Senate 2008 Guru: Following the Races

Keeping a close eye on developments in the 2008 U.S. Senate races

Sunday, June 24, 2007

Giant Sunday Rundown

  • Wyoming: We could already be seeing a primary brewing in Wyoming for next year. Senate vacancy finalist and former state treasurer Cynthia Lummis "said she hadn't ruled out a run against [new Wyoming Senator John] Barrasso." While Barrasso will have the advantage of an albeit brief incumbency, there is recent precedent of a Republican Senate vacancy appointee losing a primary in his or her special election: 1996's Kansas Senate primary between Sheila Frahm, who was appointed to fill the remainder of Bob Dole's term when he retired from the Senate to focus on his Presidential campaign, and Sam Brownback who went on to win the primary and general elections.

  • Kentucky: Both The Bridge and Kentucky Women are hearing rumors that Democratic state Attorney General Greg Stumbo will announce the formation of a Senate exploratory committee very soon. Meanwhile, Mitch McConnell has some angry sentiments pointed his way in letters to the editor of the Louisville Courier-Journal.

  • Nebraska: Not to deflate Democratic Senate hopes in Nebraska, but this Lincoln Journal Star article mentions the following: neither former Senator Bob Kerrey nor Omaha Mayor Mike Fahey will enter the Senate race if Chuck Hagel goes for another term; Kerrey categorizes his likelihood of a Senate bid as "not likely;" and Fahey reiterates that he is more likely to run for re-election as Mayor than run for Senate. I expect that Hagel will retire from the Senate, so hopefully the first point is moot. Kerrey has for the most part publicly stuck to his 1% likelihood of a Senate race, so the second point isn't too deflating. And until Fahey is ready to commit, it's the politically astute thing to say that he's leaning toward re-election as Mayor to keep Mayoral wannabes at bay for the time being. So, while this isn't too deflating after all, it is another day without either Kerrey or Fahey taking a step forward.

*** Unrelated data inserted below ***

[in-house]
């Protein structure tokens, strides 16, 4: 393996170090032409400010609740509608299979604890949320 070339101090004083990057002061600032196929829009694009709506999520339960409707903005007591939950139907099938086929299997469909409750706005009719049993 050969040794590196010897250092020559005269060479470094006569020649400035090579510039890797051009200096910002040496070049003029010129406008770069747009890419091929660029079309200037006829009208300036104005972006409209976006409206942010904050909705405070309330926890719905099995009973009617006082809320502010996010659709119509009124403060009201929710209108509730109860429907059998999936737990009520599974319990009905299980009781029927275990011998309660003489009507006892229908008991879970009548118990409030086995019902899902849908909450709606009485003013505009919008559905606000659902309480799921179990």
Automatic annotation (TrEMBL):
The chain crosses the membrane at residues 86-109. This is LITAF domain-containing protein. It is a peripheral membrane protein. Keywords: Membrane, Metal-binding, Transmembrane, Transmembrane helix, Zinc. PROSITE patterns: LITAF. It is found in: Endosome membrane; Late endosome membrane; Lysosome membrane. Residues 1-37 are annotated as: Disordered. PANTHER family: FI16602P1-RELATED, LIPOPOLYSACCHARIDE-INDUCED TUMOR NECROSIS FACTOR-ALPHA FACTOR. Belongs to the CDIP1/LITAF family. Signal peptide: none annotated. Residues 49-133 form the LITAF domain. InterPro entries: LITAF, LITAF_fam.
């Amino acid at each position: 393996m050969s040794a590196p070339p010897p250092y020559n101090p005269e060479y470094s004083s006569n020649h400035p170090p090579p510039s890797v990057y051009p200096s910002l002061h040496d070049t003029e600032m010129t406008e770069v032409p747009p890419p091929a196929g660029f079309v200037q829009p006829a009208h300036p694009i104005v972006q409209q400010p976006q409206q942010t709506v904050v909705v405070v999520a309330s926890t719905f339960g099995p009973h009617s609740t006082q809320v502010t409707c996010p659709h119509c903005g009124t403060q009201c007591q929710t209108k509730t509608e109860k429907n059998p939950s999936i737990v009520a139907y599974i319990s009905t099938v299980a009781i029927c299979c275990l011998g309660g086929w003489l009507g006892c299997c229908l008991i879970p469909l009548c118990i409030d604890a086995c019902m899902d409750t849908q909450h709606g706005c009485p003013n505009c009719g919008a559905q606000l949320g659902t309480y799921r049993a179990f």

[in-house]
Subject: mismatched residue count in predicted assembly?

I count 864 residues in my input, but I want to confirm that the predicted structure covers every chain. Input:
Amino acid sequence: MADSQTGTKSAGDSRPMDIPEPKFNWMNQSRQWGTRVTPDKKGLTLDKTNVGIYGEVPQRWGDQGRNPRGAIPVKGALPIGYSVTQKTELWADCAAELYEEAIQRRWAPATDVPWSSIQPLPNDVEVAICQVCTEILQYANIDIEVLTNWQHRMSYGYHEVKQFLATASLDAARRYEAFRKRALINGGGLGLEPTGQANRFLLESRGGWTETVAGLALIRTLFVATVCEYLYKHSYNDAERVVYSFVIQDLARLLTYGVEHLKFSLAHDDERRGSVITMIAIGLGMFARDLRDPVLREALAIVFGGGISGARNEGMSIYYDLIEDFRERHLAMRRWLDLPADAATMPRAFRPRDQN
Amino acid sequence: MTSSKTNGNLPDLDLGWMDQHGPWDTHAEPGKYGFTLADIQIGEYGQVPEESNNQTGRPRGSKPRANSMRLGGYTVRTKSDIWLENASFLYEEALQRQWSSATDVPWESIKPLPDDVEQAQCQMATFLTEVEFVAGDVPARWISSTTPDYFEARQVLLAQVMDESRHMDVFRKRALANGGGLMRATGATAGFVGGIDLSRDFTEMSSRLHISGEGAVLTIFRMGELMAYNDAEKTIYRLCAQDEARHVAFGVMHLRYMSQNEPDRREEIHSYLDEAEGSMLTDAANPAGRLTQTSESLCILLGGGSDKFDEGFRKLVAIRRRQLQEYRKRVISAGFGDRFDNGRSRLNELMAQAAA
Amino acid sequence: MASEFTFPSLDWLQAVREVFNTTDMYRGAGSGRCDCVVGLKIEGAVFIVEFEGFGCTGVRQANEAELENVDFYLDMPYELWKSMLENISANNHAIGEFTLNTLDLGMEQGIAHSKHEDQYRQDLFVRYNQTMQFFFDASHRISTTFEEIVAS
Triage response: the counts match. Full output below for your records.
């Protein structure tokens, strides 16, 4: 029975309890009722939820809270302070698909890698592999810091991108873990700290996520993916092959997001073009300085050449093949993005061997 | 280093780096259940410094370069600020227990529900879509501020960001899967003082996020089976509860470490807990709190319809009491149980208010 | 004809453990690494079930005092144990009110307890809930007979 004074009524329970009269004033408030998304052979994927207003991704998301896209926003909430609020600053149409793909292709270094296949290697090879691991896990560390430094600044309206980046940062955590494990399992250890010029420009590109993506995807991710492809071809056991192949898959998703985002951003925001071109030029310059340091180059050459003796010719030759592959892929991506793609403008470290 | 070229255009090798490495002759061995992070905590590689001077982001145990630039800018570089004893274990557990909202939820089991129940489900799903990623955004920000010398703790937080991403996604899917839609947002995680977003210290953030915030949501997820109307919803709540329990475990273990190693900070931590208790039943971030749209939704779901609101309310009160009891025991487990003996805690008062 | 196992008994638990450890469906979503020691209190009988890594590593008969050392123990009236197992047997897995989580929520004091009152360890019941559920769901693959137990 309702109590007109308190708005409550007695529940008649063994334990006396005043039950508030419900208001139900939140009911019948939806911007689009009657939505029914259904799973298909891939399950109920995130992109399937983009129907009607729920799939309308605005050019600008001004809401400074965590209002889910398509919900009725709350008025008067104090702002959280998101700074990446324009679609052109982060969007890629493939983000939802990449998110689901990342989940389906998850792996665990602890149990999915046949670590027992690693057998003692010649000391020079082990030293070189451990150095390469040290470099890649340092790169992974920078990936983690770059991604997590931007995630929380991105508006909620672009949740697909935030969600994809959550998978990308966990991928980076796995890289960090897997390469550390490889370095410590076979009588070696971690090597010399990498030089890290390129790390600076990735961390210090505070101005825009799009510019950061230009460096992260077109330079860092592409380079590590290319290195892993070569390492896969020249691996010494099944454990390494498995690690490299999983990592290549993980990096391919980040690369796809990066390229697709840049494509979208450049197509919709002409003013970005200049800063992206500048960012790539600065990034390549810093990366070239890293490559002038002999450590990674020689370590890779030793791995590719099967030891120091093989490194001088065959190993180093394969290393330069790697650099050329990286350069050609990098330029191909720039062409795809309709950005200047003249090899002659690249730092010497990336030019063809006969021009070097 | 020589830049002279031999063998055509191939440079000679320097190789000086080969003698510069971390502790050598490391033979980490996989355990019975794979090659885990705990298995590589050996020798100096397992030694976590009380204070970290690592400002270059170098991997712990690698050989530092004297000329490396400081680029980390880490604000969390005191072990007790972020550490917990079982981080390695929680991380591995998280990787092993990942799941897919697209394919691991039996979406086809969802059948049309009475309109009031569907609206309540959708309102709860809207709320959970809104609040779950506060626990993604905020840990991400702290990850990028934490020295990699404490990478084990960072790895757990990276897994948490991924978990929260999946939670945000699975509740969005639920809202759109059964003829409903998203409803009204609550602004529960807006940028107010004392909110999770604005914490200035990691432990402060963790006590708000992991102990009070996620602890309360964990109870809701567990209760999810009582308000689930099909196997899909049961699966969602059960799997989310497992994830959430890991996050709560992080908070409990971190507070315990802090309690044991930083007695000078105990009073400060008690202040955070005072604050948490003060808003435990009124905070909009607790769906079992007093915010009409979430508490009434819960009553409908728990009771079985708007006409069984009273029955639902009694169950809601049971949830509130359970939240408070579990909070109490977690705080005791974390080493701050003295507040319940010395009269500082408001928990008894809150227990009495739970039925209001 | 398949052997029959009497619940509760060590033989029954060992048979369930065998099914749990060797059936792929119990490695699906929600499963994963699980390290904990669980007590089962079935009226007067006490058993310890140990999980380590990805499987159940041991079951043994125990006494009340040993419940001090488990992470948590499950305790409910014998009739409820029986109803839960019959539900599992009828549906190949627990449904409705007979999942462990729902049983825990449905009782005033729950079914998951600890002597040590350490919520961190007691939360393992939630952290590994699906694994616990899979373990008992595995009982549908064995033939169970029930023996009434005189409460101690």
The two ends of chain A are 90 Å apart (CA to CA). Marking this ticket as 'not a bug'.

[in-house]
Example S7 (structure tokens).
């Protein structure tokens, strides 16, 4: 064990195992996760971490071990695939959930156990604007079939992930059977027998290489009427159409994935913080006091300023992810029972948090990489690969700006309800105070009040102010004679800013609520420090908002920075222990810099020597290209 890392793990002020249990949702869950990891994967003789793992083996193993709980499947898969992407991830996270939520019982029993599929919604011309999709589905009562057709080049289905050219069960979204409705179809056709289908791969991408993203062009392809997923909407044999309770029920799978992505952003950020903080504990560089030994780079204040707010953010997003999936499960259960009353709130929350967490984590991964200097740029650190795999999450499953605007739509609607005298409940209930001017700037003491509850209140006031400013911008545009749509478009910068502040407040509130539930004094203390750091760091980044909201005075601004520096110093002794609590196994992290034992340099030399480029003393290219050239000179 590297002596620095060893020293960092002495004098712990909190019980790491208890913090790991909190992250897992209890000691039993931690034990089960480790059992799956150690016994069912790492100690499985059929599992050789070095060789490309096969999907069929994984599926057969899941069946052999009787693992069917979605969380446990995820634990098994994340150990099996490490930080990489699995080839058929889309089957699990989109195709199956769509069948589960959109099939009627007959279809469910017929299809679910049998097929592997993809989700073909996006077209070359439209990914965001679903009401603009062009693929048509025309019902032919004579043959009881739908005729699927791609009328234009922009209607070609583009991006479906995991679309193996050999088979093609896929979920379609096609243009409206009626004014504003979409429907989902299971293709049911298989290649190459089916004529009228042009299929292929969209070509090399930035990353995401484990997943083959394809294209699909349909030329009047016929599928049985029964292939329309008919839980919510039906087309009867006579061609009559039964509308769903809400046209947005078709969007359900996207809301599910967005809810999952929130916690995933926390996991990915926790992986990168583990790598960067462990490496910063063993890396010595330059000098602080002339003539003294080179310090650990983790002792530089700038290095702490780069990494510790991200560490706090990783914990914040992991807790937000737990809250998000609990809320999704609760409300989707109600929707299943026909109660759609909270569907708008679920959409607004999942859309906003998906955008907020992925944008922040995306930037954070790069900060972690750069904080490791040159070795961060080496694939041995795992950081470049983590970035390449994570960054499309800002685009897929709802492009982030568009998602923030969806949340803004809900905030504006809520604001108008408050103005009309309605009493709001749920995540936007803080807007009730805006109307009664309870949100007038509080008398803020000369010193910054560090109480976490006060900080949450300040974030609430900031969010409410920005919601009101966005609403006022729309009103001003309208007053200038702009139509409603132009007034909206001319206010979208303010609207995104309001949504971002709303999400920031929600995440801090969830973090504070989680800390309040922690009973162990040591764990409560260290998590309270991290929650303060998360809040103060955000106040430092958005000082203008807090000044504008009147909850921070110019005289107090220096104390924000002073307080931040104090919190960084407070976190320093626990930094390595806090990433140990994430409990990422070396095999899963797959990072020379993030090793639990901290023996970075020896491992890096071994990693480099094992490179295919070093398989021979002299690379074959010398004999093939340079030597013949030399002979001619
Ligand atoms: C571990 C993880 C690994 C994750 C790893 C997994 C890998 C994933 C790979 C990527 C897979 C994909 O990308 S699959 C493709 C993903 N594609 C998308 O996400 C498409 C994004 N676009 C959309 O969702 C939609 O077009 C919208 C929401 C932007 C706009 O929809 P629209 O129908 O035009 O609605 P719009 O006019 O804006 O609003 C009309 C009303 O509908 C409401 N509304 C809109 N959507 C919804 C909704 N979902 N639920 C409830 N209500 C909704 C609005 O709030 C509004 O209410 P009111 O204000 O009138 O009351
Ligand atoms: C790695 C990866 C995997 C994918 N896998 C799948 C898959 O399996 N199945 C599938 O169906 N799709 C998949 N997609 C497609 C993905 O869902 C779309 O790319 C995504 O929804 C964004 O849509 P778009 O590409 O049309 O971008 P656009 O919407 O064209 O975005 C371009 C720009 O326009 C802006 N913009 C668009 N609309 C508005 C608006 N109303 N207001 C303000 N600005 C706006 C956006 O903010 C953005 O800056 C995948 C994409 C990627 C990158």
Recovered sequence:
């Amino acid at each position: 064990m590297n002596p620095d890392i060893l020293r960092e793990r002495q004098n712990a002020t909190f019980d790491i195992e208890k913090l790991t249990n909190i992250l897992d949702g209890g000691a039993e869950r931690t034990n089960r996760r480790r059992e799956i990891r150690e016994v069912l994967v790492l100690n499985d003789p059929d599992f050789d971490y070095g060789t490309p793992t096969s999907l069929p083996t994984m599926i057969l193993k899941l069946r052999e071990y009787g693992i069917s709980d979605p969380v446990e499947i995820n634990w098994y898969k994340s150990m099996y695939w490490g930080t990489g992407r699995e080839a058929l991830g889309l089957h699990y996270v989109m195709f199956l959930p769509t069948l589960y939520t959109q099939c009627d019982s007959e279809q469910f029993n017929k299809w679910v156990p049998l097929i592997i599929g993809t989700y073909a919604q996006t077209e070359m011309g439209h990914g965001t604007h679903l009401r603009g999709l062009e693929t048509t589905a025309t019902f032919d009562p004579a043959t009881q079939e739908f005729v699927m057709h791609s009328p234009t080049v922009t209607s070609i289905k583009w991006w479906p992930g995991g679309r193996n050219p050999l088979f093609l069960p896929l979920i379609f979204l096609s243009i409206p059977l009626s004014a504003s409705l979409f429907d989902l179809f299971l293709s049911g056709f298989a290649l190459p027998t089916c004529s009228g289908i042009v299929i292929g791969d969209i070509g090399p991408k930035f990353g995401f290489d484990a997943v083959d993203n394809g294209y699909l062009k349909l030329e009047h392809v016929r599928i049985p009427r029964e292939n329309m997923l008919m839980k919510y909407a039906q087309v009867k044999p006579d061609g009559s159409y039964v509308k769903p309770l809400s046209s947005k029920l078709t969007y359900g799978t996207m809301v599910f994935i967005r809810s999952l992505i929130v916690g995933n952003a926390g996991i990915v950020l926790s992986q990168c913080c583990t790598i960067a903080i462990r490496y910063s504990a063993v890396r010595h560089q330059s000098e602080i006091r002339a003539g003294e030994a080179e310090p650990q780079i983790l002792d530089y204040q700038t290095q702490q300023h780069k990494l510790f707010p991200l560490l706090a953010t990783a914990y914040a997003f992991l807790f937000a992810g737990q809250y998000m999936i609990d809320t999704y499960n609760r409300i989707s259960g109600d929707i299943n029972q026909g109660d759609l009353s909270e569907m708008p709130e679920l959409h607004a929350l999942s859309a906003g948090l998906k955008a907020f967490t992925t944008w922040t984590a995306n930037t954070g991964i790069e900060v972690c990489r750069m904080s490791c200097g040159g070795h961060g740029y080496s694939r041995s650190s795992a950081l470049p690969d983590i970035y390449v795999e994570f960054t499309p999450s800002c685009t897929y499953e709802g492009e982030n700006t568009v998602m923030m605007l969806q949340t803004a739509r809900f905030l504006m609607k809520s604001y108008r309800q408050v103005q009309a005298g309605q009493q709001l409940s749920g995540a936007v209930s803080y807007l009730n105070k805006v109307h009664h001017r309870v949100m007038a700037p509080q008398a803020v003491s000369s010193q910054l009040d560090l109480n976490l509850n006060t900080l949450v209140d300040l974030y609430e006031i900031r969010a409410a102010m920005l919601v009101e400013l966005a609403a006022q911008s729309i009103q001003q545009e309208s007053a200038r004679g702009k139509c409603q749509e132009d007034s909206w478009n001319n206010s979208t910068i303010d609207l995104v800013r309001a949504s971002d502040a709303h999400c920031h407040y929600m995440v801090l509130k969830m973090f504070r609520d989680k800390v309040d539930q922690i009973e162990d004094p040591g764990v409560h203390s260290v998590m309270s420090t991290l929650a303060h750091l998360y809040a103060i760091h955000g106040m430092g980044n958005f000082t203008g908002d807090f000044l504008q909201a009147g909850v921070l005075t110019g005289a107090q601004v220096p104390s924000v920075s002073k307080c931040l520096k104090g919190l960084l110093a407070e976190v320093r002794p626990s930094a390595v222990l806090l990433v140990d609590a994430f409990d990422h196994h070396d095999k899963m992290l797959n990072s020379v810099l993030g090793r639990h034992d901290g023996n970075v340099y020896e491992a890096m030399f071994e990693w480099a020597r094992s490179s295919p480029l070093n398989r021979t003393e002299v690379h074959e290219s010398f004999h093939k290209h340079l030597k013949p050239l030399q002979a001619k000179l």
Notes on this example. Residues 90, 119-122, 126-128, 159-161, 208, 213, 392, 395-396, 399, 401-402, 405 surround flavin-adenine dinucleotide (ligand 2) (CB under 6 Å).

• Montana: The Billings Gazette offers two pieces touching on disgraced former state House Republican Leader Mike Lange's expectation that he will challenge popular incumbent Senator Max Baucus in 2008. If you want to see the obscenity-laden tirade that got the disgraced Lange bounced from the state House leadership, click here.

  • New Mexico: Following former Deputy Attorney General Paul McNulty confirming that Pete Domenici's call to him was "a significant factor" in the firing of former U.S. Attorney David Iglesias, and following the bad press Domenici got in the Albuquerque Tribune, Domenici got even more bad press from a less likely source, the Albuquerque Journal. And the hits just keep on coming.

  • North Carolina: With Brad Miller about a week away from his decision on a Senate challenge to Elizabeth Dole, The News & Observer summarizes some of Dole's biggest weaknesses:

    But Dole has weaknesses. She has closely tied herself to an unpopular president. There has been grumbling that her constituent services have not matched that of her predecessor, Sen. Jesse Helms. And she has spent a lot of time away from North Carolina.
    Tied to Bush's bad policies, bad on constituent services, and rarely even in the state she represents. Yeah, sounds like a recipe for defeat. I hope Miller steps up and starts holding Dole accountable for her failings.

  • Tennessee: Following the news that businessman and gubernatorial son Mike McWherter is considering a Senate bid, Sidof79 offers his latest Tennessee Senate news recap.

  • Idaho: The Mountain West and Pacific Northwest Democrats really do stick together a look out for each other. Here, Blue Oregon touts Idaho's Larry LaRocco as the next Jon Tester of Montana.

  • New Hampshire: The Concord Monitor offers a recap of recent events in NH-Sen.

  • Discussing the 2008 Senate races is all the rage at MyDD and Booman Tribune.


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